China should accelerate banks’ initial public offerings so that small and medium-sized commercial lenders can raise funds from capital markets and better serve small businesses, experts said.
“Initial public offerings are crucial channels for banks to replenish capital,” said Dong Ximiao, chief analyst of XWBank, an online-only bank based in Sichuan province. “Although some banks are facing higher downward pressure on asset quality and a higher possibility of nonperforming loan explosion, the securities regulator should treat different banks differently and support those banks with good asset quality, clear core business and stable development to launch IPOs.”
No bank listed in the Chinese mainland and Hong Kong during the first six months of this year. The stagnation of bank IPOs may largely be due to regulatory consideration to stabilize capital markets, since banks raise a huge amount of funds and the same will affect the listing of other companies, Dong said.
“Another reason behind the stagnation of bank IPOs is that nowadays the banks seeking to be listed are mainly small and medium-sized commercial lenders whose growth remains uncertain amid the economic downturn and the novel coronavirus outbreak …However, the state of operation varies from one bank to another, and the asset quality of some small and medium-sized banks is still very good,” he said.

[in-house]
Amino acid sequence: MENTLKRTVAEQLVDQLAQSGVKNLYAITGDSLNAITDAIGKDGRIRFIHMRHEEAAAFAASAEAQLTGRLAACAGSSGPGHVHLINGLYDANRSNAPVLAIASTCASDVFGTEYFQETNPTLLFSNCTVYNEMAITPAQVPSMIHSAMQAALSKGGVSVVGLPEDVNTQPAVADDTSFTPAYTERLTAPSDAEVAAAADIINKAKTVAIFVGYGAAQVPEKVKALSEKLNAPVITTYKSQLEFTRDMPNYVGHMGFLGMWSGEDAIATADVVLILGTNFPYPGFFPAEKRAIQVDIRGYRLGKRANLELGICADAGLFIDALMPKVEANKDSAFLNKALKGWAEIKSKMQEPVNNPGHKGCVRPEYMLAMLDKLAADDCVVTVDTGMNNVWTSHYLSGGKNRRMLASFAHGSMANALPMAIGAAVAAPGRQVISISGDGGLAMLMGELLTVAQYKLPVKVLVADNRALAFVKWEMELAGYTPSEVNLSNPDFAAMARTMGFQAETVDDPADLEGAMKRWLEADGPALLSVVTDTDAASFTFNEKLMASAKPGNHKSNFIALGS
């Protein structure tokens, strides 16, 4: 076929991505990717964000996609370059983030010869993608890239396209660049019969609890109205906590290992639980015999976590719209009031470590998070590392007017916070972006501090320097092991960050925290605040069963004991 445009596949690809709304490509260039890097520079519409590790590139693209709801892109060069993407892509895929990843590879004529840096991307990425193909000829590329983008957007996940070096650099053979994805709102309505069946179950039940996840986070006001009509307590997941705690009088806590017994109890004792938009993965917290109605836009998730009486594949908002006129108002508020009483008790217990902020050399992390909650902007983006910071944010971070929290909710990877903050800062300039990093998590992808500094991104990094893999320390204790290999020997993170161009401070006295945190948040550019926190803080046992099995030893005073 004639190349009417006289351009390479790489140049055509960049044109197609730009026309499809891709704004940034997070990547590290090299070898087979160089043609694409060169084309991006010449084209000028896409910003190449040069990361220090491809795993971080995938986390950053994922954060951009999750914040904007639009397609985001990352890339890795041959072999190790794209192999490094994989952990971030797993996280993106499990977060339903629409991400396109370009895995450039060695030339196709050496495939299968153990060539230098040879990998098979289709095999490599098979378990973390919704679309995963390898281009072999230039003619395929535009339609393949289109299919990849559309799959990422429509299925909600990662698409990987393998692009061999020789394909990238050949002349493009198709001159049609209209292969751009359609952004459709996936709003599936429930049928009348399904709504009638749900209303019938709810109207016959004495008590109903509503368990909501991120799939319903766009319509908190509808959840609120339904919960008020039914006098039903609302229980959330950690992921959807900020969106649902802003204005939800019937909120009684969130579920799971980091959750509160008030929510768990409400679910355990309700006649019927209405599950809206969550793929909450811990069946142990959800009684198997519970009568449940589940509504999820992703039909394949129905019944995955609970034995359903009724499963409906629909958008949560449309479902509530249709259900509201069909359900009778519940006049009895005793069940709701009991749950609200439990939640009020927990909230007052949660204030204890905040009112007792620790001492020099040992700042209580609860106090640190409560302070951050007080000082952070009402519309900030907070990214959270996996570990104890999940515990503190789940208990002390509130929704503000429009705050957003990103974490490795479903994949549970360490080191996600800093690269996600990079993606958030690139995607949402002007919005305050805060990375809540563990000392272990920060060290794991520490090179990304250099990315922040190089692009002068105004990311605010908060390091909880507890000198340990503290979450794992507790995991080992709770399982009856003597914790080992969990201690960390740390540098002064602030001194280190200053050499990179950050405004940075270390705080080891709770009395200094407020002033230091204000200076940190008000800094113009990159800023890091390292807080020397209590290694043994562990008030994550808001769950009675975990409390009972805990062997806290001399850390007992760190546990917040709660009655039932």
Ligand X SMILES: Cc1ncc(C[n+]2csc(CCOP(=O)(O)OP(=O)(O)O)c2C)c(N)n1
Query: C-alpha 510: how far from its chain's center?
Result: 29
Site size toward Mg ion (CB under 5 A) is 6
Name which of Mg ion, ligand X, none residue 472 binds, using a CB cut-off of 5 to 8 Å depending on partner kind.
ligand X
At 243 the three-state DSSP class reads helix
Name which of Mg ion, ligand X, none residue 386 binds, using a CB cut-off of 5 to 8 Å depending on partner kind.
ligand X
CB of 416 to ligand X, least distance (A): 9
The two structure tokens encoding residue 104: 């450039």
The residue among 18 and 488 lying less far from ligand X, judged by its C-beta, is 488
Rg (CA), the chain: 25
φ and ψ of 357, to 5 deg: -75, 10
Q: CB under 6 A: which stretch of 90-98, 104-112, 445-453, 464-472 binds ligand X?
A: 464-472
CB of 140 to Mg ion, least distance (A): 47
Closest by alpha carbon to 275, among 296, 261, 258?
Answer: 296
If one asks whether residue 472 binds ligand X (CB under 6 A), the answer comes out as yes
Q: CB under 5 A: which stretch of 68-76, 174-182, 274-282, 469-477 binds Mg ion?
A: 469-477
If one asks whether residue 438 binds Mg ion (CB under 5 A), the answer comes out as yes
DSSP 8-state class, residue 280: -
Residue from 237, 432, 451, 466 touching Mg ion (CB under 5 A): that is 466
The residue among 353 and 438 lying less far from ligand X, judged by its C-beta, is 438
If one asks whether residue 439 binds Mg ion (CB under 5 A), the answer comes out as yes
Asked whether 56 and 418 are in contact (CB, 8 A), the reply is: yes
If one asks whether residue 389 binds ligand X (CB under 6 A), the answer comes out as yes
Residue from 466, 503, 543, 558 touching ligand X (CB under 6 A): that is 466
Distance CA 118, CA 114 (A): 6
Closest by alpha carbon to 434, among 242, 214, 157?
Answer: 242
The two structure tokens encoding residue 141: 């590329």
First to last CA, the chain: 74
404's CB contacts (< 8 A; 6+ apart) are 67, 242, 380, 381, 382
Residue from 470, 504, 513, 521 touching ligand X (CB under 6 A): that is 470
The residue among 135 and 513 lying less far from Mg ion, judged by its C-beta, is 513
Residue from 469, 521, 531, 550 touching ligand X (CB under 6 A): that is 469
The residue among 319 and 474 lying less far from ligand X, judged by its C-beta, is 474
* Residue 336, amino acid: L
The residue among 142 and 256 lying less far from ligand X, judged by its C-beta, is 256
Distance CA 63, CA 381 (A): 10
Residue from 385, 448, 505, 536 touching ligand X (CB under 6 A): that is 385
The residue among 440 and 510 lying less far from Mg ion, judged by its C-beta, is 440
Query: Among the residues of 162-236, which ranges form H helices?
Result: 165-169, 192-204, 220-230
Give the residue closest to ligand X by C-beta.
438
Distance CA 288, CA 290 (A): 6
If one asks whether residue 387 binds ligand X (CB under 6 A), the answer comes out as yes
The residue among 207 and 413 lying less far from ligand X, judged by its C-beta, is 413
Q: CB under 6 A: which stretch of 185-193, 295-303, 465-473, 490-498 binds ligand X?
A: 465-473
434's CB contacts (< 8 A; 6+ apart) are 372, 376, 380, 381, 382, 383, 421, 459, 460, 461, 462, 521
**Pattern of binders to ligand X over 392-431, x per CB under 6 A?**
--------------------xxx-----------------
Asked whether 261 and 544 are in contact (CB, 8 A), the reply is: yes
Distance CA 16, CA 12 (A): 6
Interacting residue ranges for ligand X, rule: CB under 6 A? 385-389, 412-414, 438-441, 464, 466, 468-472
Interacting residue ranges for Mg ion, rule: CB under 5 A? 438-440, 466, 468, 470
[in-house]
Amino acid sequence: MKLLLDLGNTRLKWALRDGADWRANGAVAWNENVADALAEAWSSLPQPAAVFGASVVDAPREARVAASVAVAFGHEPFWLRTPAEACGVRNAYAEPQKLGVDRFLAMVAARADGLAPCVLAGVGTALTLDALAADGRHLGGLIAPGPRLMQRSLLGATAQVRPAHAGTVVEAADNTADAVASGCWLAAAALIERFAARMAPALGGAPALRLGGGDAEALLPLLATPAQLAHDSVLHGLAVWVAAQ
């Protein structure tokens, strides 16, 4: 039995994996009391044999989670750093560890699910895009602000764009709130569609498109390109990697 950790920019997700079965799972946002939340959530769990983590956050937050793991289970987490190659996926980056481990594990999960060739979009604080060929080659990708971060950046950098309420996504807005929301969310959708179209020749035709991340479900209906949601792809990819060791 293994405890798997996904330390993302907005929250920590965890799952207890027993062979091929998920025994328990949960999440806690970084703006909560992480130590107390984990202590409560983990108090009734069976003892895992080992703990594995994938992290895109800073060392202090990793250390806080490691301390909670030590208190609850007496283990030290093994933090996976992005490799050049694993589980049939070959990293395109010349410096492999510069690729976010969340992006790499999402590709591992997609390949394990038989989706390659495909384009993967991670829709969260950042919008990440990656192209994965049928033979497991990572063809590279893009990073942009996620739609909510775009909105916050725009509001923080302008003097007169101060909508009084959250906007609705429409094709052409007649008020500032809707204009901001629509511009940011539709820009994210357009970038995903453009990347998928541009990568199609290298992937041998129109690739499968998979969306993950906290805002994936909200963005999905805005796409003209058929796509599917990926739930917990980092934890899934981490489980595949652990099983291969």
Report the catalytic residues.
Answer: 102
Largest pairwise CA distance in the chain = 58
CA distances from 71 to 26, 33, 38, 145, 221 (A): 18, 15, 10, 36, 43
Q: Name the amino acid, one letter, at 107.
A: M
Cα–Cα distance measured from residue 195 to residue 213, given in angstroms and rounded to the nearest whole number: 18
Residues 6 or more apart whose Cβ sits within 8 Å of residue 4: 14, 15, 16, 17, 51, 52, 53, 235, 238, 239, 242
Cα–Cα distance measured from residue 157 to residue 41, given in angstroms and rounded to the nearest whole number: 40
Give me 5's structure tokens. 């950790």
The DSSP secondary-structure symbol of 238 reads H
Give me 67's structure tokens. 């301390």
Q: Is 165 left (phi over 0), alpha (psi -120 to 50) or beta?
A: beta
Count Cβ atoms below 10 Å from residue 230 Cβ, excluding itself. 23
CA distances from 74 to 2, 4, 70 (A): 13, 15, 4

As of July 2, 19 banks including Bank of Guangzhou Co, Chongqing Three Gorges Bank Co and Shanghai Rural Commercial Bank Co were waiting to be listed on the A-share market. By Wednesday, another four banks including China Bohai Bank Co were waiting for IPOs on the Hong Kong stock exchange.
China Bohai Bank, a national joint-stock commercial lender based in Tianjin, is seeking to raise HK$13.68 billion ($1.77 billion) to HK$14.34 billion through a listing in Hong Kong on July 16. It will offer 2.88 billion H shares in the global offering, and the offer price is currently expected to range from HK$4.75 to HK$4.98 per share, the bank said in an announcement on June 30.
Its nonperforming loan ratio was 1.77 percent by Sept 30, down 7 basis points from 1.84 percent at the end of 2018. During the same period, its core tier-1 capital adequacy ratio dropped from 8.61 percent to 8.17 percent.
Apart from China Bohai Bank, Dongguan Rural Commercial Bank Co, Weihai City Commercial Bank Co and Xinjiang Huihe Bank Co are also waiting to be listed in Hong Kong.
Wen Bin, chief analyst at China Minsheng Banking Corp, said stricter examination of listed banks’ corporate governance may have affected bank IPOs this year. Besides, changes in banks’ profitability are likely to take place. This will also affect the speed of the IPO progress.
Another reason behind the stagnation of bank IPOs is that bank stocks are currently undervalued, experts said.
Among 36 A-share listed banks, investors saw a decline in stock prices of 21 of them from the beginning of this year till Thursday. In addition, the price-to-book ratio, which measures a company’s market value relative to its book value, of 25 A-share listed banks fell below 1, according to Wind, a financial data provider in China.
“Under the circumstances of economic downturn, it is quite normal for the P/B ratio of a bank to be less than 1. As bank stocks are clearly undervalued, it is safe to invest in bank stocks. Theoretically, investors will recoup their investments from the sale of net assets of a bank even if it goes bankrupt, not to mention that they will receive relatively high dividends which should be valued by long-term investors,” Dong said.